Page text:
Fresh hope for Chipping Norton football club to return home
A meeting at the town hall heard how ‘strong’ criminal and civil cases are being put together against those who BBC Panorama revealed to have ‘asset-stripped’ the club out of their home.
Tym Soper, from Chipping Norton Town Football Club, said it is ‘not an impossibility’ that they could play at the abandoned Walterbush Road ground again.
He said they were unlikely to get back any of the money that was lost in the dealings with Minotaur and Glyn Jones, but they may get the land if they can prove the transaction was illegal.
Following the meeting on January 31, a committee will be set up to look at the potential of issuing subpoenas to get more evidence before presenting a case to the police.
Should that fail, then a civil case could be brought but that could cost as much as £200,000.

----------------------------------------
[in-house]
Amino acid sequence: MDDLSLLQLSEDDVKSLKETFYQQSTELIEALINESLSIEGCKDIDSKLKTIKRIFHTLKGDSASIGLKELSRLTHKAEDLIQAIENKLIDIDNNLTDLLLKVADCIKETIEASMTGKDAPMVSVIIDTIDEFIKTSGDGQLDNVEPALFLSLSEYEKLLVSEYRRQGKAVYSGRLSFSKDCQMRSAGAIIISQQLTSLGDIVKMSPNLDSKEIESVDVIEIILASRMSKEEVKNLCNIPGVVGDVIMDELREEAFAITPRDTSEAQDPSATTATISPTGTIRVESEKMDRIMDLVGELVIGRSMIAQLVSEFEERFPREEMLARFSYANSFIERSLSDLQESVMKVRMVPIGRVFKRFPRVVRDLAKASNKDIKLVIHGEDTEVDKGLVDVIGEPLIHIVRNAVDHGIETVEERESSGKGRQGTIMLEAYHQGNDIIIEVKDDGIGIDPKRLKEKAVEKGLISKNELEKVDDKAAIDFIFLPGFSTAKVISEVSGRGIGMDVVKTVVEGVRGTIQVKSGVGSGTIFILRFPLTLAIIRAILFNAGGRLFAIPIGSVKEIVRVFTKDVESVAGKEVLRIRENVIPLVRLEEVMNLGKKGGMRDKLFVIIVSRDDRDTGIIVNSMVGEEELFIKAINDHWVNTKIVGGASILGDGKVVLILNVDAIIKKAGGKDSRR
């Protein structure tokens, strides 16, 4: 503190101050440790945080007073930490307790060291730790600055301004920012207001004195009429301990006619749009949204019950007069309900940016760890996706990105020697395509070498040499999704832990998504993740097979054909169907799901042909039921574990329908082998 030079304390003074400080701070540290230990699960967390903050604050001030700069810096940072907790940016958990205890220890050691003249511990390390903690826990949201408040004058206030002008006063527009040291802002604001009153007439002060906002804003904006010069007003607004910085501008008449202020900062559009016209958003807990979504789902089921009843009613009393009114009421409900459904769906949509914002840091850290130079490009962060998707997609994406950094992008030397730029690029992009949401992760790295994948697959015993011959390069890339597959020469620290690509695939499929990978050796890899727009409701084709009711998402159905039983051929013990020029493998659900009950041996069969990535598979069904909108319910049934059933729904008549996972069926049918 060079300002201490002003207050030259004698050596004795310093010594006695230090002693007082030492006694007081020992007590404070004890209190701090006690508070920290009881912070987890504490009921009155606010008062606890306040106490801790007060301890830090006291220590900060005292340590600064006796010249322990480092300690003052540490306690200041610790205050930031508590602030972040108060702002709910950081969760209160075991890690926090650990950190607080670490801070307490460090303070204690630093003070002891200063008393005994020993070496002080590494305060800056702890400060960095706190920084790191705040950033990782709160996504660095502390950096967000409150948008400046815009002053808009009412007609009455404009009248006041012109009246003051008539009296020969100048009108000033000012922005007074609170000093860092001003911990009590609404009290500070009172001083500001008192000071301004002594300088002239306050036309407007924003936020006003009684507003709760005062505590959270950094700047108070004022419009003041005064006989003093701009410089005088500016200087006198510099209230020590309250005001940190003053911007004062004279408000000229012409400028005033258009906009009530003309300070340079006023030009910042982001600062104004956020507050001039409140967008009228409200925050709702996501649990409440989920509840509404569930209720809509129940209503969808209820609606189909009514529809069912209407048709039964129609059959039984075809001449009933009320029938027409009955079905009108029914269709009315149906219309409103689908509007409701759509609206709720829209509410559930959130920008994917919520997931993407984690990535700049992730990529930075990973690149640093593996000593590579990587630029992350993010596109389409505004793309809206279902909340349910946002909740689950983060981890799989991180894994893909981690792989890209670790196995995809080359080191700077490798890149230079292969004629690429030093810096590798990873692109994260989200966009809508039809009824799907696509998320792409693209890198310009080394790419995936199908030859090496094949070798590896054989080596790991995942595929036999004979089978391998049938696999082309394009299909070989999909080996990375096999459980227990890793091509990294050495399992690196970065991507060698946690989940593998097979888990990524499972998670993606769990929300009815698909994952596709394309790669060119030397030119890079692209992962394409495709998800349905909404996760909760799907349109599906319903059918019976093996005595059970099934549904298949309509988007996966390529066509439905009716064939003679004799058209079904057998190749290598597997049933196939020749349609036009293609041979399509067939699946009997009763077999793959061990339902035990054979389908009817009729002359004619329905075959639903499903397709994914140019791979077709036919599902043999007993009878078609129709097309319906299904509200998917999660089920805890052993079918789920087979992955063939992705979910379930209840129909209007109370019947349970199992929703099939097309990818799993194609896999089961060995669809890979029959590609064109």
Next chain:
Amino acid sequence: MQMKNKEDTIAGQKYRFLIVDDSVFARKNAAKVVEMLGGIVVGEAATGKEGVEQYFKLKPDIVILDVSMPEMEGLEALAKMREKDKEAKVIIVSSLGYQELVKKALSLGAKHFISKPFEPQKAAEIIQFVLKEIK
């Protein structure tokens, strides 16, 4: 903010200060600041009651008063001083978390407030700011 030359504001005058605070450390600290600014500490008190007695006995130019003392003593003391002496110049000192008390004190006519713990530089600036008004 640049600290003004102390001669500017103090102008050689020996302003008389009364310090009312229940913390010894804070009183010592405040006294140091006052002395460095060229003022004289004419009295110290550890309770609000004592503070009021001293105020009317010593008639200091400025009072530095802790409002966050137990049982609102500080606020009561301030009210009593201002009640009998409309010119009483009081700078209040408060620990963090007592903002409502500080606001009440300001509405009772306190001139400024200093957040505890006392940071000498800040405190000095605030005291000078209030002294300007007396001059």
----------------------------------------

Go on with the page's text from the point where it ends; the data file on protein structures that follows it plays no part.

Many at the meeting threw their support behind a potential fundraising appeal should it be needed to get the club back home, with a few already saying they would donate.
Mayor Don Davidson said that should fundraising be needed: “I’m guessing, which is always a dangerous thing to do, but I’m guessing you can get the support of Chipping Norton town.”
The meeting also discussed the chance of finding documented proof that ashes had been scattered on the pitch, which would scupper any attempts to build on it.
The Panorama documentary revealed how the club had lost potentially millions of pounds and their ground after using debt management firms ran by Mr Jones, similarly to other clubs across the country. Mr Jones has denied all of the allegations.